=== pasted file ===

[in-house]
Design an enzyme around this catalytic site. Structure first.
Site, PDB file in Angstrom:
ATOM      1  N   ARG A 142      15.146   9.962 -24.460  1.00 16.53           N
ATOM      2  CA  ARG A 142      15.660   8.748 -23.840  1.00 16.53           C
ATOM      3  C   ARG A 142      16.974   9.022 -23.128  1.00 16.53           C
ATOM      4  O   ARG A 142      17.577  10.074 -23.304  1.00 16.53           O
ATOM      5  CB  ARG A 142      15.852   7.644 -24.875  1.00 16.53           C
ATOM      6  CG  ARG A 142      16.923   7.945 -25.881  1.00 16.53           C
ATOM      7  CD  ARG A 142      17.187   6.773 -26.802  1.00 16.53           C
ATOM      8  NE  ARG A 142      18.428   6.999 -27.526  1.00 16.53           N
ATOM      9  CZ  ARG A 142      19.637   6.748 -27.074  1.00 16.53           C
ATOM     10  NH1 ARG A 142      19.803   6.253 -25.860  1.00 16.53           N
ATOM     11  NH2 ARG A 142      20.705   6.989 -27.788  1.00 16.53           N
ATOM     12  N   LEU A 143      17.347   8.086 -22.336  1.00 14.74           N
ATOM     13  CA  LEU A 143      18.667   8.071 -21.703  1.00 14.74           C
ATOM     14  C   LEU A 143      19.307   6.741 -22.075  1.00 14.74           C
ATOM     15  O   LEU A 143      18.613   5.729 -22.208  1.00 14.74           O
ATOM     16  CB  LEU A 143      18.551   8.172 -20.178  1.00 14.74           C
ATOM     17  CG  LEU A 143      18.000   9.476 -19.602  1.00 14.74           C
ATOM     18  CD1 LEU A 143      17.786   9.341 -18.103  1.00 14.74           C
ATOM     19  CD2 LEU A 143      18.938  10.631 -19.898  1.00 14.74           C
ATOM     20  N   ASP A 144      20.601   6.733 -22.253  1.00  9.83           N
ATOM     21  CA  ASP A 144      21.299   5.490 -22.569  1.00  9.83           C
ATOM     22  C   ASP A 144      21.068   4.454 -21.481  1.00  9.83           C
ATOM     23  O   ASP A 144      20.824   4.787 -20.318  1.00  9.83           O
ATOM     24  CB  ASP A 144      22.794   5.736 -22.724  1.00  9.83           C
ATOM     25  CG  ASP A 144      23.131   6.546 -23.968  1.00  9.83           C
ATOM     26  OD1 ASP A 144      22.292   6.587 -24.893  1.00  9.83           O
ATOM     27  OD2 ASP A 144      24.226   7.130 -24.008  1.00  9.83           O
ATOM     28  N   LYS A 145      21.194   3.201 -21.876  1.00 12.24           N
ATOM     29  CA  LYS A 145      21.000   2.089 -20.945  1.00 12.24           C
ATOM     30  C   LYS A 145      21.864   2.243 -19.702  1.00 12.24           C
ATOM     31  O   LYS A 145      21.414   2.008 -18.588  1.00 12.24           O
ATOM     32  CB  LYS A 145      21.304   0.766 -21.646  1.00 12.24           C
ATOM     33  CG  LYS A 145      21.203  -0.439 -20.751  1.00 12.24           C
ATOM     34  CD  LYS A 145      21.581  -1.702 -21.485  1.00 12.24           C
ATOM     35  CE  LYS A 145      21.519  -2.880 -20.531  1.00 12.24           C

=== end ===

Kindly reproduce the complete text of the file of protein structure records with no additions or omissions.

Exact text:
[in-house]
Design an enzyme around this catalytic site. Structure first.
Site, PDB file in Angstrom:
ATOM      1  N   ARG A 142      15.146   9.962 -24.460  1.00 16.53           N
ATOM      2  CA  ARG A 142      15.660   8.748 -23.840  1.00 16.53           C
ATOM      3  C   ARG A 142      16.974   9.022 -23.128  1.00 16.53           C
ATOM      4  O   ARG A 142      17.577  10.074 -23.304  1.00 16.53           O
ATOM      5  CB  ARG A 142      15.852   7.644 -24.875  1.00 16.53           C
ATOM      6  CG  ARG A 142      16.923   7.945 -25.881  1.00 16.53           C
ATOM      7  CD  ARG A 142      17.187   6.773 -26.802  1.00 16.53           C
ATOM      8  NE  ARG A 142      18.428   6.999 -27.526  1.00 16.53           N
ATOM      9  CZ  ARG A 142      19.637   6.748 -27.074  1.00 16.53           C
ATOM     10  NH1 ARG A 142      19.803   6.253 -25.860  1.00 16.53           N
ATOM     11  NH2 ARG A 142      20.705   6.989 -27.788  1.00 16.53           N
ATOM     12  N   LEU A 143      17.347   8.086 -22.336  1.00 14.74           N
ATOM     13  CA  LEU A 143      18.667   8.071 -21.703  1.00 14.74           C
ATOM     14  C   LEU A 143      19.307   6.741 -22.075  1.00 14.74           C
ATOM     15  O   LEU A 143      18.613   5.729 -22.208  1.00 14.74           O
ATOM     16  CB  LEU A 143      18.551   8.172 -20.178  1.00 14.74           C
ATOM     17  CG  LEU A 143      18.000   9.476 -19.602  1.00 14.74           C
ATOM     18  CD1 LEU A 143      17.786   9.341 -18.103  1.00 14.74           C
ATOM     19  CD2 LEU A 143      18.938  10.631 -19.898  1.00 14.74           C
ATOM     20  N   ASP A 144      20.601   6.733 -22.253  1.00  9.83           N
ATOM     21  CA  ASP A 144      21.299   5.490 -22.569  1.00  9.83           C
ATOM     22  C   ASP A 144      21.068   4.454 -21.481  1.00  9.83           C
ATOM     23  O   ASP A 144      20.824   4.787 -20.318  1.00  9.83           O
ATOM     24  CB  ASP A 144      22.794   5.736 -22.724  1.00  9.83           C
ATOM     25  CG  ASP A 144      23.131   6.546 -23.968  1.00  9.83           C
ATOM     26  OD1 ASP A 144      22.292   6.587 -24.893  1.00  9.83           O
ATOM     27  OD2 ASP A 144      24.226   7.130 -24.008  1.00  9.83           O
ATOM     28  N   LYS A 145      21.194   3.201 -21.876  1.00 12.24           N
ATOM     29  CA  LYS A 145      21.000   2.089 -20.945  1.00 12.24           C
ATOM     30  C   LYS A 145      21.864   2.243 -19.702  1.00 12.24           C
ATOM     31  O   LYS A 145      21.414   2.008 -18.588  1.00 12.24           O
ATOM     32  CB  LYS A 145      21.304   0.766 -21.646  1.00 12.24           C
ATOM     33  CG  LYS A 145      21.203  -0.439 -20.751  1.00 12.24           C
ATOM     34  CD  LYS A 145      21.581  -1.702 -21.485  1.00 12.24           C
ATOM     35  CE  LYS A 145      21.519  -2.880 -20.531  1.00 12.24           C